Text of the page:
Marcus Luttrell and his team set out on a mission to capture or kill notorious Taliban leader Ahmad Shah, in late June 2005. Marcus and his team are left to fight for their lives in one of the most valiant efforts of modern warfare.
Navy S.E.A.L. sniper Chris Kyle's pinpoint accuracy saves countless lives on the battlefield and turns him into a legend. Back home to his wife and kids after four tours of duty, however, Chris finds that it is the war he can't leave behind.
1945, in the World War II Germany, the tough Sergeant Don 'Wardaddy' Collier commands a tank and survives a German attack with his veteran crew composed of Boyd 'Bible' Swan, Trini 'Gordo' ... See full summary »
A marksman living in exile is coaxed back into action after learning of a plot to kill the President. Ultimately double-crossed and framed for the attempt, he goes on the run to find the real killer and the reason he was set up.
A man believes he has put his mysterious past behind him and has dedicated himself to beginning a new, quiet life. But when he meets a young girl under the control of ultra-violent Russian gangsters, he can't stand idly by - he has to help her.
An air marshal springs into action during a transatlantic flight after receiving a series of text messages that put his fellow passengers at risk unless the airline transfers $150 million into an off-shore account.
Marcus Luttrell, a Navy Seal, and his team set out on a mission to capture or kill notorious Taliban leader Ahmad Shah, in late June 2005. After running into mountain herders and capturing them, they were left with no choice but to follow their rules of engagement or be imprisoned. Now Marcus and his team are left to fight for their lives in one of the most valiant efforts of modern warfare. Written by
During the end of the movie Marcus Luttrell is in cardiac arrest and has asystole or "flat lines." The doctors shock his heart to revive him, but this is not the procedure for a flat line. Instead, the should have continued CPR and be given medications. The shock to his heart, in the case, would likely cause more harm than good. See more »
[pulling exhausted trainee from the water]
Six times three?
Hurry up, Hurry up, Hurry up... Hurry up.
See more »
If there is one thing that this film will accomplish is to make you feel something. I assure you you will not get bored watching it. Now, what you will feel will no doubt be up to you.
For myself, I felt mostly rage against a botched mission in an ineffective war. Raytheon should be annoyed that a movie about a mission failed primarily because of communication issues showed their red flashy brand on the comms equipment.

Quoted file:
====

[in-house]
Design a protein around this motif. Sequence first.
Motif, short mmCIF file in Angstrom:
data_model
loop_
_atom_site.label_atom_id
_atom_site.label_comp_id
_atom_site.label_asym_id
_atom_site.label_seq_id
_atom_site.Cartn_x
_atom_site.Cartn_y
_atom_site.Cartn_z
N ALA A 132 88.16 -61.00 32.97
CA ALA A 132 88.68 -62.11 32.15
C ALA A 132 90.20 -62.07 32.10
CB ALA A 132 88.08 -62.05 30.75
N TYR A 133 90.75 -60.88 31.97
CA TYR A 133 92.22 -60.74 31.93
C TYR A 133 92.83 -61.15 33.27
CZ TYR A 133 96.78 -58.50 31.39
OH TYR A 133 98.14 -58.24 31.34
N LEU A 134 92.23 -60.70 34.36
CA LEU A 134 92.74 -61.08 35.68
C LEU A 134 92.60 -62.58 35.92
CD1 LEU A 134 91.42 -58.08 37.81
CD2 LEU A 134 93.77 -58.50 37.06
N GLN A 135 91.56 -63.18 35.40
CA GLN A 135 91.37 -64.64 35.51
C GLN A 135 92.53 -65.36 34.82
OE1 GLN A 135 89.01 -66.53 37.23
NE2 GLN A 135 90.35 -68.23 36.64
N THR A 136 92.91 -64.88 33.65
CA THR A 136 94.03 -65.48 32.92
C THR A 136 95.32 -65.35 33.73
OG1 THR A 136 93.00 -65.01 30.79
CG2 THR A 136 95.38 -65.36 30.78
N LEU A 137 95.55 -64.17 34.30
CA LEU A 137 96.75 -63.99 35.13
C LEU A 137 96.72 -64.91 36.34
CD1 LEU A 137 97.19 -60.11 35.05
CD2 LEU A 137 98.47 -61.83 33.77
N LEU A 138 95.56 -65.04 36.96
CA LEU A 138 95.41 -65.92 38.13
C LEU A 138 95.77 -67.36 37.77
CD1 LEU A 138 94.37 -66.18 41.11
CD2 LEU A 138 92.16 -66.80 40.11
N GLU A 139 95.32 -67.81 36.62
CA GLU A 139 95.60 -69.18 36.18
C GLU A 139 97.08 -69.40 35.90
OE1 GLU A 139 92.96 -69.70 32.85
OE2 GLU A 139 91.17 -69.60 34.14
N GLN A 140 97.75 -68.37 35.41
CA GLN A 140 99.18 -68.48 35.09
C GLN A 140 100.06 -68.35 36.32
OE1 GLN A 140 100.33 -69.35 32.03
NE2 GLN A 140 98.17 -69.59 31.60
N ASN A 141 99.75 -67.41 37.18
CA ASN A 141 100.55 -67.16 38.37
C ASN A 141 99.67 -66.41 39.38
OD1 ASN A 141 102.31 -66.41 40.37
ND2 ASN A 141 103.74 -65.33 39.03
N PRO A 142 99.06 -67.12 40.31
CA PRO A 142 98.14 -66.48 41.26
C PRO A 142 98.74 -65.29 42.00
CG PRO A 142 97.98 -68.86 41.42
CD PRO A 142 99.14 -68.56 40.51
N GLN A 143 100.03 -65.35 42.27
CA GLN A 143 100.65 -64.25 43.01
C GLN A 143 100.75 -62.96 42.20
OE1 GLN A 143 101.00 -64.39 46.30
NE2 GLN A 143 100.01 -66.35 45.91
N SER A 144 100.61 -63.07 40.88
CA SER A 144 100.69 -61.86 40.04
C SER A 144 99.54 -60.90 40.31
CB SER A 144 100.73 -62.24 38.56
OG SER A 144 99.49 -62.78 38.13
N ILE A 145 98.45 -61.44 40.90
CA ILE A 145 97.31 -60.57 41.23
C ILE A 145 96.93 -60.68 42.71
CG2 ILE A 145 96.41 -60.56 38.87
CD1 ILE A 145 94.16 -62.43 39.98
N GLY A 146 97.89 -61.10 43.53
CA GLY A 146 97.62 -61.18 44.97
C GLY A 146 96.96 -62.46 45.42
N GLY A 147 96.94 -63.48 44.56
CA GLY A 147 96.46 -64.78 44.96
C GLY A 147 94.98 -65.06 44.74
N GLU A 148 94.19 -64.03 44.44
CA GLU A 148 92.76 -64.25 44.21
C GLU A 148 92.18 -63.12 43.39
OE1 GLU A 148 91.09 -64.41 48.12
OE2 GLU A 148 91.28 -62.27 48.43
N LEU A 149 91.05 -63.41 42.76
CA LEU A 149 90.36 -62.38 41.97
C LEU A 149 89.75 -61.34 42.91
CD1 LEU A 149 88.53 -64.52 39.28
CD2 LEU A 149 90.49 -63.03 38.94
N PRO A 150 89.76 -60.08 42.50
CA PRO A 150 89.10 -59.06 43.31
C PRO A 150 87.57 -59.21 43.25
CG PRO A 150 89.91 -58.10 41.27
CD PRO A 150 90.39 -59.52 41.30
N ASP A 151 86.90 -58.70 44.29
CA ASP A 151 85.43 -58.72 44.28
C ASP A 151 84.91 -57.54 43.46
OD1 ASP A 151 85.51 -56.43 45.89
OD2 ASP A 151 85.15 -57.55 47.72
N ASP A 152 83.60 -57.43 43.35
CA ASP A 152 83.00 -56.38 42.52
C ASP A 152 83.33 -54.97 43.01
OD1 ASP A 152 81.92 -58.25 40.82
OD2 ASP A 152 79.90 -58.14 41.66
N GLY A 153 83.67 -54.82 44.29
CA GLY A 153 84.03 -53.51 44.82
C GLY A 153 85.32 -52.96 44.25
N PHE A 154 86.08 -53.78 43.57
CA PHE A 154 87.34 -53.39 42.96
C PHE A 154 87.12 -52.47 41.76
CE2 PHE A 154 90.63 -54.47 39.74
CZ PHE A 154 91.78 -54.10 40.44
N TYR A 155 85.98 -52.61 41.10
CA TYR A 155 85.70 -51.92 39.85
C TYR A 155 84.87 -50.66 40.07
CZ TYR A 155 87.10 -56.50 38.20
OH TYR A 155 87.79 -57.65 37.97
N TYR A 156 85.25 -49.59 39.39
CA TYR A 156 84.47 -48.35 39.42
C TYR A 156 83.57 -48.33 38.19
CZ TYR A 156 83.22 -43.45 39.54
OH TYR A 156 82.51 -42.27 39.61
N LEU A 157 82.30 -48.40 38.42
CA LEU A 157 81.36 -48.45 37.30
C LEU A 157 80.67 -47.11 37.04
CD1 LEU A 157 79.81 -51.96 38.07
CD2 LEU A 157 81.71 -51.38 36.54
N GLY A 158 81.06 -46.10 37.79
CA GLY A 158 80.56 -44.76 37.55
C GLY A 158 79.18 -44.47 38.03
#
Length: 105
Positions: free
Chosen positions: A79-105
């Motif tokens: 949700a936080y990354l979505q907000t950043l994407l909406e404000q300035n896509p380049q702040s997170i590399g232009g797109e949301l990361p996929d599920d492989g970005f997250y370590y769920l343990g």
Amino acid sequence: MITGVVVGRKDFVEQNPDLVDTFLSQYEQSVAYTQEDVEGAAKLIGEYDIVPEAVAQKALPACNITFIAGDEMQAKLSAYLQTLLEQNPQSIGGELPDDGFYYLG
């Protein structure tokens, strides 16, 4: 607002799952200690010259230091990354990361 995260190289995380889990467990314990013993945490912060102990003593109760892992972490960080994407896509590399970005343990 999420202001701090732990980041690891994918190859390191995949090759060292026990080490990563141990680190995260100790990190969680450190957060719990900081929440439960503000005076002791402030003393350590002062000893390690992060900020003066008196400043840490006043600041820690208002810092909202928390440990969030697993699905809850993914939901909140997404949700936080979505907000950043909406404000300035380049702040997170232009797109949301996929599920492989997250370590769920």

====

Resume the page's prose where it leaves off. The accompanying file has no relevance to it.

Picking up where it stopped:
I wanted the characters to succeed, to survive, but I could not ignore the fact that they were soldiers being there only to kill an enemy commander. Having all Americans die in slow motion while scores of Taliban died instantly and kind of stupidly didn't help with the empathy. Also showing pictures of dead soldiers with their families with a pathetic American remake of Bowie's Heroes singing in the background at the end of the movie just fueled more rage. People in the field try to carry out their mission and survive, while their deaths become political and mediatic material. I didn't enjoy that.
On the other hand, the fights were realistic, the subject based on real events and, outside the pathetism described above, I did not detect a bias towards one side or the other. You will witness two hours of low tech war in all of its horror and stupidity. The actors also play well, although I like Mark Wahlberg in almost everything he does.
The story, while showing the preparation, courage and resilience of four soldiers in enemy territory, also showed other things, like the logistical blunders that lead to stupid deaths, over-reliance on technology that doesn't really work as you expect and how choices have consequences on the ground that are beyond the ability of normal courts to understand, whether looking from the legal or moral angle.
I liked a lot about the movie how it made you think long after it was over. What would have happened if they just killed the herders? What would have happened if they tied them up, went a bit down, risked a sniper shot at the enemy commander, then just ran? What would have happened if the Pashtuni would have ignored the wounded American or would have killed the Taliban scout force when they came to them? How would the mission have gone if the four guys would have known from the get go that they would be completely alone, with no support or hope for extraction?
Overall, a very emotional movie, two hours long, that shows more a general type of heroism than one with a specific purpose. Nicely directed and acted. A bit over dramatic, but then that's to be expected. Worth watching.
167 of 293 people found this review helpful.
Was this review helpful to you?